CCH Policy Director Julie Dworkin submitted a letter to the editor published by the Chicago Sun-Times.
Last week, Mayor Rahm Emanuel announced Plan 2.0, the city’s new strategic plan to address homelessness. The Chicago Coalition for the Homeless participated on the steering committee that led the nine-month effort to create the plan.
We believe the process was open and inclusive of all stakeholders and benefitted from the strong support of Commissioners Evelyn Diaz and John Pfeiffer, the city’s key leaders on homelessness. It resulted in a truly comprehensive seven-year plan, with specific strategies and numeric targets that will have a great impact on the problem, if implemented.
In particular, we are happy about the plan’s new focus on youth homelessness; the attention to removing the barrier of criminal backgrounds; the acknowledgement of the needs of “doubled up” families identified by public schools, and the commitment to create more affordable housing for those surviving at the lowest income levels. We are concerned, as always, about the commitment of new funding. This ambitious plan will require significant new resources to be successful, and so far, we are unsure about the city’s strategy to find resources.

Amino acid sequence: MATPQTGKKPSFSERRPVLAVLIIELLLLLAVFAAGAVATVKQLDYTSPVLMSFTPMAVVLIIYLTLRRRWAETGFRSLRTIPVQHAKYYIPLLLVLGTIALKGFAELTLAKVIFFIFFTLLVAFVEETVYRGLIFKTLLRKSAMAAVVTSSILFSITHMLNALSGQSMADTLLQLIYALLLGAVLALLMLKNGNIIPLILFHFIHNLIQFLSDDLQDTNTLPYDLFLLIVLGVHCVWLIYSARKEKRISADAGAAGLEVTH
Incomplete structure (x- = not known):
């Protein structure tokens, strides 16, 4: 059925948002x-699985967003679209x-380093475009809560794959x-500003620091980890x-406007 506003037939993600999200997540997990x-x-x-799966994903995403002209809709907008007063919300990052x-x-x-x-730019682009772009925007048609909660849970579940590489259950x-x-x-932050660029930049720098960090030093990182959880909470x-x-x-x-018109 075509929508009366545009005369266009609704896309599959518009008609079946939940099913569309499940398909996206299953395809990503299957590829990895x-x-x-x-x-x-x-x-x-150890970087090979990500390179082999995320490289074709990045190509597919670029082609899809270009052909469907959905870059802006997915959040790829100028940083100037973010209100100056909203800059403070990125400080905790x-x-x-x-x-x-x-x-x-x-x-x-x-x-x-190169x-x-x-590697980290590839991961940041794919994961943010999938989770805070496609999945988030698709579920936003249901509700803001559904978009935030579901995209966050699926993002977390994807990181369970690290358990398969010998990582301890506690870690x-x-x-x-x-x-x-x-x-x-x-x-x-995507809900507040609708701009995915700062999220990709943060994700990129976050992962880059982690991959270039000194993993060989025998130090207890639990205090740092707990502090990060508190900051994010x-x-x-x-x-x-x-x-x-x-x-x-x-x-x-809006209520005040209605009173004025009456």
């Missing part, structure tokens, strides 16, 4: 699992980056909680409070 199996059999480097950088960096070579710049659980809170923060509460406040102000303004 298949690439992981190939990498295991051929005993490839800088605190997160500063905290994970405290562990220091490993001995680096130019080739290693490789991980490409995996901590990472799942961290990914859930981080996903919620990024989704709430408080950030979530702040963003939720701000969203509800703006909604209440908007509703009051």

New funding — $1.7 million for homeless youth services was found from the cost savings realized by privatizing the city’s homeless outreach and transportation program. The city-run transportation program was poorly run for years. We applaud efforts to improve these services. However, giving any private agency considerably less money — a 40 percent reduction in this case — to run the same service will not necessarily result in better quality services.
Catholic Charities — the private agency now chosen to manage transportation services — is an excellent agency with a great track record. We hope they will be able to deliver with reduced funding, but that remains to be seen.
We realize that these are difficult financial times. We need to be creative about where to find resources, but we are concerned about privatization and shrinking resources for existing programs as an ongoing strategy to fund new programs. We hope we can work with the mayor to find existing untapped resources, like tax-increment financing funds and other new funding streams to make this plan a reality.
Julie Dworkin, Loop